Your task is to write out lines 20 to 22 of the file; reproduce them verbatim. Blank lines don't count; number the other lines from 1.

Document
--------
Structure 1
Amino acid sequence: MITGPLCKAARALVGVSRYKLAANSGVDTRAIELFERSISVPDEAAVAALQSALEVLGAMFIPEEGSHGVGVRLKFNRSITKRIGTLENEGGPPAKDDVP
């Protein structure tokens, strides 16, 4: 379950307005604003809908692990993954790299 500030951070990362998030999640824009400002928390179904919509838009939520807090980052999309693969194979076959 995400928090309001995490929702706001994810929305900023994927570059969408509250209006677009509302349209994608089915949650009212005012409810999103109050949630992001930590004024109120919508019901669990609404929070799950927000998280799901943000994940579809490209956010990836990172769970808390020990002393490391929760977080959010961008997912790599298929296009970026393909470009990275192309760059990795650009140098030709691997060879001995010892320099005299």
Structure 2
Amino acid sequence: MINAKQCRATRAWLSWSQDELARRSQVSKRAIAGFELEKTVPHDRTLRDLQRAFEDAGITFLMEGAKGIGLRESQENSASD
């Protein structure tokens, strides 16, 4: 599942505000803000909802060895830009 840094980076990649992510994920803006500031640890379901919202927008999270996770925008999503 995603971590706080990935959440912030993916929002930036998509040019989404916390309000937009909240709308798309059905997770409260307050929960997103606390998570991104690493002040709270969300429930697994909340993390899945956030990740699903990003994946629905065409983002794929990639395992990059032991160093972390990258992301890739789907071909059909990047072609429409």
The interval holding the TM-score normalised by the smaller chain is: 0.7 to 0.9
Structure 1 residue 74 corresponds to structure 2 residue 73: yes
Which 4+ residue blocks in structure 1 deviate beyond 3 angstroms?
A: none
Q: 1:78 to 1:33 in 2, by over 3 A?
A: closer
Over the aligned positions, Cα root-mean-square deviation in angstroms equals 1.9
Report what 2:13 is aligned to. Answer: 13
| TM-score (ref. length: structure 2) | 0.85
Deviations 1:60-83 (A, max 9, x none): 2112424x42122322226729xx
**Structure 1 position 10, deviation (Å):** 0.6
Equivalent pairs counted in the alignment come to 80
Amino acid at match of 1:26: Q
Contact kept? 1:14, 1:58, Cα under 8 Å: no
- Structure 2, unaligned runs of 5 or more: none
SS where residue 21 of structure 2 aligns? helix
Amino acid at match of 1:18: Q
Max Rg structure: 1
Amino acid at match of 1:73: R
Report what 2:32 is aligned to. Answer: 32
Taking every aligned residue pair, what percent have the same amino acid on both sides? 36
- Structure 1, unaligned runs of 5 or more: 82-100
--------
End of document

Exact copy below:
Contact kept? 1:14, 1:58, Cα under 8 Å: no
- Structure 2, unaligned runs of 5 or more: none
SS where residue 21 of structure 2 aligns? helix